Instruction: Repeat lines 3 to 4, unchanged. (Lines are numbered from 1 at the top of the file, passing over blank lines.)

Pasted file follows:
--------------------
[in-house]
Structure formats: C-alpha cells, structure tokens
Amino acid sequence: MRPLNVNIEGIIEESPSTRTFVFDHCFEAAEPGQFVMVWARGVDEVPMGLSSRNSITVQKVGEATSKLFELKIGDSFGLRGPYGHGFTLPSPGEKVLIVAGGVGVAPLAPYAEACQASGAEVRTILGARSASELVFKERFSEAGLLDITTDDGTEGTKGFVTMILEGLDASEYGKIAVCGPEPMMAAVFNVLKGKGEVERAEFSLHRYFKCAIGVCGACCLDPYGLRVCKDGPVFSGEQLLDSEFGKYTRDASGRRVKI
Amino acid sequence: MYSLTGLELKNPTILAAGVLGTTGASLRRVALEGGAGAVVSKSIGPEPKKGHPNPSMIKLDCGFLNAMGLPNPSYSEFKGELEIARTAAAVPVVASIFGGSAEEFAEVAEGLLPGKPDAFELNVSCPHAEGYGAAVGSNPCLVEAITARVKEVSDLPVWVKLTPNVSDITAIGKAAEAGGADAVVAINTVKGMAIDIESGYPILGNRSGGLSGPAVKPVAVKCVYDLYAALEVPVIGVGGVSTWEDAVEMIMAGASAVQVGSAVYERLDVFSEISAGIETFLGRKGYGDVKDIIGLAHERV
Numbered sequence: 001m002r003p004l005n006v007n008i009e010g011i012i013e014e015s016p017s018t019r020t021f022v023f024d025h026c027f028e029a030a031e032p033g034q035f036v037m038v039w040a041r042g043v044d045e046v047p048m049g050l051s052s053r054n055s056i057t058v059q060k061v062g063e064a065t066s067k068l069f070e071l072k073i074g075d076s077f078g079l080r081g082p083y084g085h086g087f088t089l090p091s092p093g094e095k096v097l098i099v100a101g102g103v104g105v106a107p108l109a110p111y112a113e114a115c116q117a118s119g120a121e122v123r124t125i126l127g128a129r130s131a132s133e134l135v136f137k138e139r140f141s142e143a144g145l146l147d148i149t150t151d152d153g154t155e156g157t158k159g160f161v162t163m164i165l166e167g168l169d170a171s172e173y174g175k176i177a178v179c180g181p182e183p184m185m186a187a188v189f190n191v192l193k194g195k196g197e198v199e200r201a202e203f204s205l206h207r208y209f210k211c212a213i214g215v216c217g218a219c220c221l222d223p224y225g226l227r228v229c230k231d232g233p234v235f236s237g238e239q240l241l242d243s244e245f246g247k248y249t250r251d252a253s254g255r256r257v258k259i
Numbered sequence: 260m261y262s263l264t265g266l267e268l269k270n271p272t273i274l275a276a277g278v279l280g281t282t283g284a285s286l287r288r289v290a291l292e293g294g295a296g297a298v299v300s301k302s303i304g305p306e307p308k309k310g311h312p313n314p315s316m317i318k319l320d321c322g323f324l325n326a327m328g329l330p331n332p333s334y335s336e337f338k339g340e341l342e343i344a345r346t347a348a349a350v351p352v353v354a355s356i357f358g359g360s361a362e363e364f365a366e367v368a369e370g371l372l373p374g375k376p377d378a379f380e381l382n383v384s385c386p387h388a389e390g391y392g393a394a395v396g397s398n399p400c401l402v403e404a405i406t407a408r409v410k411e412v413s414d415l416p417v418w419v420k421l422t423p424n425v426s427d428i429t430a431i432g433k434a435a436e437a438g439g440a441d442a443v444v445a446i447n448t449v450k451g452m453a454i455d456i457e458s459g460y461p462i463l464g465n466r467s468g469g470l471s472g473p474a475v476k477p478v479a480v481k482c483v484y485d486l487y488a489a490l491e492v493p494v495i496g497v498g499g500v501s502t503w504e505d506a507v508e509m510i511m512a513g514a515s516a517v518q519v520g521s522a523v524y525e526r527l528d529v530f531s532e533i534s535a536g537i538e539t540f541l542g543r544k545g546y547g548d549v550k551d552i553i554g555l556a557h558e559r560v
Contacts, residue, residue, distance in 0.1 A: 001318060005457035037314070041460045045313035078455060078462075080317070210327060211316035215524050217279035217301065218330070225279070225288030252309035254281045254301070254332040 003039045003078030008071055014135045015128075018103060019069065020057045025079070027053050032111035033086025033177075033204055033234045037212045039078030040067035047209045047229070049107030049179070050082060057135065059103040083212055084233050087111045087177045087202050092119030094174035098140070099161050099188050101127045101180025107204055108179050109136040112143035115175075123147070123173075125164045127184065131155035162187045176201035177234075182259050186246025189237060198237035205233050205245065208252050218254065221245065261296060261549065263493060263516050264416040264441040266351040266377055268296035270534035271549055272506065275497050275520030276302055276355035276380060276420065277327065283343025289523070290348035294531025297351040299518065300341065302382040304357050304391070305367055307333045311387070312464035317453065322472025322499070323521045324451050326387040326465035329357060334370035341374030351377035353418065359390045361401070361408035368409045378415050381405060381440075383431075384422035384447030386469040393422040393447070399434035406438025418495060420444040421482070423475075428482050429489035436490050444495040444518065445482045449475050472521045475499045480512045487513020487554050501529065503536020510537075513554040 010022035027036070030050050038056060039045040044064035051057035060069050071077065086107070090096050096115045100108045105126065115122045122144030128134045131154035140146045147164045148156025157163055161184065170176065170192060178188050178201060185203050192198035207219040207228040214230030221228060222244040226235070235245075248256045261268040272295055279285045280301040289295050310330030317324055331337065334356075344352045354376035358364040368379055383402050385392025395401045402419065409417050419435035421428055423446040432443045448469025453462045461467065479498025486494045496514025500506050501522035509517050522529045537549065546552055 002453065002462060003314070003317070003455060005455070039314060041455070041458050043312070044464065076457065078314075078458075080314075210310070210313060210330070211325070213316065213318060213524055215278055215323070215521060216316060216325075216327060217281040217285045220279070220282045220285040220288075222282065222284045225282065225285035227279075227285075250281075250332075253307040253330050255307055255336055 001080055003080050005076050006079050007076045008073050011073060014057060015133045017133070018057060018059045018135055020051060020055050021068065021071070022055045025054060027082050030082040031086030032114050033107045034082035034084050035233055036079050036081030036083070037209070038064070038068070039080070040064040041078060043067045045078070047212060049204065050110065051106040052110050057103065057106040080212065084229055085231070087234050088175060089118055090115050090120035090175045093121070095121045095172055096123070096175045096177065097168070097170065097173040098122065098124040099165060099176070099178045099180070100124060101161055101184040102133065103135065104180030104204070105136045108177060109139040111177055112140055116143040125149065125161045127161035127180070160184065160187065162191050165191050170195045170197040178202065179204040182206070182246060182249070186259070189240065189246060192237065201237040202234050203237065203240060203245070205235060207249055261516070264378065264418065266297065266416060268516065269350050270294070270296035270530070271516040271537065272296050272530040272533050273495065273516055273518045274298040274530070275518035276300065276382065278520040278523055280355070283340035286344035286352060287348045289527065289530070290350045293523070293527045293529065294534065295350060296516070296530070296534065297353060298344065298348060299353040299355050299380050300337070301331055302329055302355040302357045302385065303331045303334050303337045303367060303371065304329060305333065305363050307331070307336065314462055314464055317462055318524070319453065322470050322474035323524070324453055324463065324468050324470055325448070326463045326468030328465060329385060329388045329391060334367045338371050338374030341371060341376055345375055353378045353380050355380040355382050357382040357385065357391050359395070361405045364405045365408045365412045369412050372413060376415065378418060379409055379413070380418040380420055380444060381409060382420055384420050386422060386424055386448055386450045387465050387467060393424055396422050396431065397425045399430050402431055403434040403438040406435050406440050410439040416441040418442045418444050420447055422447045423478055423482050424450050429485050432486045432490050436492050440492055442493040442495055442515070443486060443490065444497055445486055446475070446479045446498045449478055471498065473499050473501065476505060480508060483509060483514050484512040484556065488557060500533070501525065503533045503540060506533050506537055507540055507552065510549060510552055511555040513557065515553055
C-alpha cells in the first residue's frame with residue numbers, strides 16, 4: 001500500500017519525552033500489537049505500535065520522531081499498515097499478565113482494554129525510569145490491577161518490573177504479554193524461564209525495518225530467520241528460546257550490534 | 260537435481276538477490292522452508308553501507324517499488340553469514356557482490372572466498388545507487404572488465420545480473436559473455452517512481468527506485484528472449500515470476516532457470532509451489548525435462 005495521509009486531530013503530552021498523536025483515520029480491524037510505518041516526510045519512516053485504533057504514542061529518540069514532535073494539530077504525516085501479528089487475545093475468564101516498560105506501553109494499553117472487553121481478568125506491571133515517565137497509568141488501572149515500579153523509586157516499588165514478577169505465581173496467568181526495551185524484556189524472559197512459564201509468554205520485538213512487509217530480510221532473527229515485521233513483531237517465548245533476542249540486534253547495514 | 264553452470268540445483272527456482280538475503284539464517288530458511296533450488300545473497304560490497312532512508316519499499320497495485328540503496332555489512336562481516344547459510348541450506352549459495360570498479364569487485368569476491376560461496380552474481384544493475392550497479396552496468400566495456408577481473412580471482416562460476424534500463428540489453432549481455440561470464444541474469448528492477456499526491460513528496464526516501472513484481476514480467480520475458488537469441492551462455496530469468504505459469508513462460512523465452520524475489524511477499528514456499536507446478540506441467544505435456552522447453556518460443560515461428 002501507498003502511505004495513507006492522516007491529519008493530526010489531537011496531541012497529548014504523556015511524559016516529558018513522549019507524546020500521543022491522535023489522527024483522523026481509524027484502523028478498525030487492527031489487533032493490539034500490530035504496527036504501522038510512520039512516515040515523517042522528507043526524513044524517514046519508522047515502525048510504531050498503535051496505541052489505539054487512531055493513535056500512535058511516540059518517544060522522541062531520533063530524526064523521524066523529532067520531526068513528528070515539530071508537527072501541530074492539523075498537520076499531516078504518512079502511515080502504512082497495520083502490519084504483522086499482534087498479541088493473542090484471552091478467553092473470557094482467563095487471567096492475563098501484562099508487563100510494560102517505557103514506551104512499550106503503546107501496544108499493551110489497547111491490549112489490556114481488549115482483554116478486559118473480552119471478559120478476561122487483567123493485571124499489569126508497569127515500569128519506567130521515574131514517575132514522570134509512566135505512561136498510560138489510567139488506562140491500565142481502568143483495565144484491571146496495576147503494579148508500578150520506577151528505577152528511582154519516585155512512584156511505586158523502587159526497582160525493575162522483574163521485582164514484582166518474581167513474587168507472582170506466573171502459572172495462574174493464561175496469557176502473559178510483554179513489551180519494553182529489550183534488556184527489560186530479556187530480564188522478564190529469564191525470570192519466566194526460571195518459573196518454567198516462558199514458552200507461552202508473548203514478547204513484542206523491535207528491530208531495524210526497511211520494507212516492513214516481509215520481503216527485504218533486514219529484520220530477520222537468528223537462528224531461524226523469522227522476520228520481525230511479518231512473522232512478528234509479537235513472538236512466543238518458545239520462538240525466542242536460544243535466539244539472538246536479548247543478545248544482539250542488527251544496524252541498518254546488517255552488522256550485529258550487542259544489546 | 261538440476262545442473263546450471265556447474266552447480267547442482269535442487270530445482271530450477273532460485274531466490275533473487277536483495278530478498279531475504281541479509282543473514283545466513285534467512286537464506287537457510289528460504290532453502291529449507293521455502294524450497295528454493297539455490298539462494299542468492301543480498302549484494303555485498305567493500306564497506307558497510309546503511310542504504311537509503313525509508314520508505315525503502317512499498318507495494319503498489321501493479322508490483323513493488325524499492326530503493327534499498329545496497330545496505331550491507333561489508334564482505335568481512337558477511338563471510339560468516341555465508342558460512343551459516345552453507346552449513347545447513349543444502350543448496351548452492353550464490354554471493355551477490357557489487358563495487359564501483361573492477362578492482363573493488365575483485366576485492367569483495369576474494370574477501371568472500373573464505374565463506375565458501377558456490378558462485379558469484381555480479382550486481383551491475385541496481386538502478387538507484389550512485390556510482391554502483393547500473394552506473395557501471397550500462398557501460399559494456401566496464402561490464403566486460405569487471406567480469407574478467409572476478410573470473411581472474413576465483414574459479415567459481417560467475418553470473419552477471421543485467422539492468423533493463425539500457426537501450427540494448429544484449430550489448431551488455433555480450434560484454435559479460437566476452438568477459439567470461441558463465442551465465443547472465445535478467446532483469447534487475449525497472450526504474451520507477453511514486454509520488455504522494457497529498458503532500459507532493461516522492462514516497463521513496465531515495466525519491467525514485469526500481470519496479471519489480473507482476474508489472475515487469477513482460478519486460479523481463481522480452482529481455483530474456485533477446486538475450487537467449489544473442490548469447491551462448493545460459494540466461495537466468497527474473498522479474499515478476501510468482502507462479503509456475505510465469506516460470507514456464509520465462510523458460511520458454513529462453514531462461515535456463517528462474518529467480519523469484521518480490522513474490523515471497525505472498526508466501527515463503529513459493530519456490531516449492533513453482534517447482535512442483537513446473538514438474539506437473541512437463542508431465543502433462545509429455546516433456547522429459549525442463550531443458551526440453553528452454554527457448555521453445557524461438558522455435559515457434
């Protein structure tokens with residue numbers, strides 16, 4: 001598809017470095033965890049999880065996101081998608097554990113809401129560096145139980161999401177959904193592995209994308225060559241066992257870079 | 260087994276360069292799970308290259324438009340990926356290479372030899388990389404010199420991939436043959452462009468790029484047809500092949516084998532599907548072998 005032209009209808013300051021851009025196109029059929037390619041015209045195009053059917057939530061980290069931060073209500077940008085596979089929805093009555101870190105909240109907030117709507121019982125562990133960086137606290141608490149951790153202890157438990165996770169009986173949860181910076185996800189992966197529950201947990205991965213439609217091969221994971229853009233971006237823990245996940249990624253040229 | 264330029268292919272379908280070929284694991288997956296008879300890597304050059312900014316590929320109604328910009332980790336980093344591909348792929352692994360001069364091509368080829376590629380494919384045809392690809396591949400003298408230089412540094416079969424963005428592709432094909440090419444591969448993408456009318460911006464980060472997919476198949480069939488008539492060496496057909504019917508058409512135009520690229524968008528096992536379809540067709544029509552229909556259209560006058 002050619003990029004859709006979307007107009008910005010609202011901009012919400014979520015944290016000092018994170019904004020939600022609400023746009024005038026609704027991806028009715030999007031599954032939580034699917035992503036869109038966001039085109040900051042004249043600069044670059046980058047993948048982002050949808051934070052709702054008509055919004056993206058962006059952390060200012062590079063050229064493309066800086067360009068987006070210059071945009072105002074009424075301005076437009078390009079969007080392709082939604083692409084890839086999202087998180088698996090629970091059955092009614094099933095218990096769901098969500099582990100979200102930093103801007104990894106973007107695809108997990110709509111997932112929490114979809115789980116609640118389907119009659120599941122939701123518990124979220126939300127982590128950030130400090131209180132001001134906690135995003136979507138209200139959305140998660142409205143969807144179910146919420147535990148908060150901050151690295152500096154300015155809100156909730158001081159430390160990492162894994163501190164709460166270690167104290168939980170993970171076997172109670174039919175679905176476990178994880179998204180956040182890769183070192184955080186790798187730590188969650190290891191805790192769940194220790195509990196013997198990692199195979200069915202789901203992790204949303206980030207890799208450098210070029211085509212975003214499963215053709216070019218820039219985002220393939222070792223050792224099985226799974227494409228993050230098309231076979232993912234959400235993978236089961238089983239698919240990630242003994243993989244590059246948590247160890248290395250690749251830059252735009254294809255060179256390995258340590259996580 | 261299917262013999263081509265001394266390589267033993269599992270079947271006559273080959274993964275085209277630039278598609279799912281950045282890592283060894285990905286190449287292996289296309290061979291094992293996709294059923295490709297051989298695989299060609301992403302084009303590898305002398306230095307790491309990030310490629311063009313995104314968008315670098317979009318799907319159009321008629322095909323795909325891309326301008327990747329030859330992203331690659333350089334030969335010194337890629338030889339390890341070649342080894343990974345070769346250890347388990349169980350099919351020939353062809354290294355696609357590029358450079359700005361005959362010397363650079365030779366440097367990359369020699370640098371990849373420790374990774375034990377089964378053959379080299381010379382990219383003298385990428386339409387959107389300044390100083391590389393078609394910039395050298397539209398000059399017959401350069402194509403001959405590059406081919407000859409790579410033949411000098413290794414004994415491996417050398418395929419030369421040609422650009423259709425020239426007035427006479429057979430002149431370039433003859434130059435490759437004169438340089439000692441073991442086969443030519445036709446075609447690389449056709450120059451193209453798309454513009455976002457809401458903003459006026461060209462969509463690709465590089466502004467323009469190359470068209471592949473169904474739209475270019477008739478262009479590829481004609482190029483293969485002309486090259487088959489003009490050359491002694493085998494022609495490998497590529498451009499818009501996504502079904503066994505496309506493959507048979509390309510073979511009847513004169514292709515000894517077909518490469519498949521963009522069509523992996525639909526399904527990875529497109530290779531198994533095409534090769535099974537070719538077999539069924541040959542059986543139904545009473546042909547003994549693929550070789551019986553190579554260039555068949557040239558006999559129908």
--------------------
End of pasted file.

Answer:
Amino acid sequence: MRPLNVNIEGIIEESPSTRTFVFDHCFEAAEPGQFVMVWARGVDEVPMGLSSRNSITVQKVGEATSKLFELKIGDSFGLRGPYGHGFTLPSPGEKVLIVAGGVGVAPLAPYAEACQASGAEVRTILGARSASELVFKERFSEAGLLDITTDDGTEGTKGFVTMILEGLDASEYGKIAVCGPEPMMAAVFNVLKGKGEVERAEFSLHRYFKCAIGVCGACCLDPYGLRVCKDGPVFSGEQLLDSEFGKYTRDASGRRVKI
Amino acid sequence: MYSLTGLELKNPTILAAGVLGTTGASLRRVALEGGAGAVVSKSIGPEPKKGHPNPSMIKLDCGFLNAMGLPNPSYSEFKGELEIARTAAAVPVVASIFGGSAEEFAEVAEGLLPGKPDAFELNVSCPHAEGYGAAVGSNPCLVEAITARVKEVSDLPVWVKLTPNVSDITAIGKAAEAGGADAVVAINTVKGMAIDIESGYPILGNRSGGLSGPAVKPVAVKCVYDLYAALEVPVIGVGGVSTWEDAVEMIMAGASAVQVGSAVYERLDVFSEISAGIETFLGRKGYGDVKDIIGLAHERV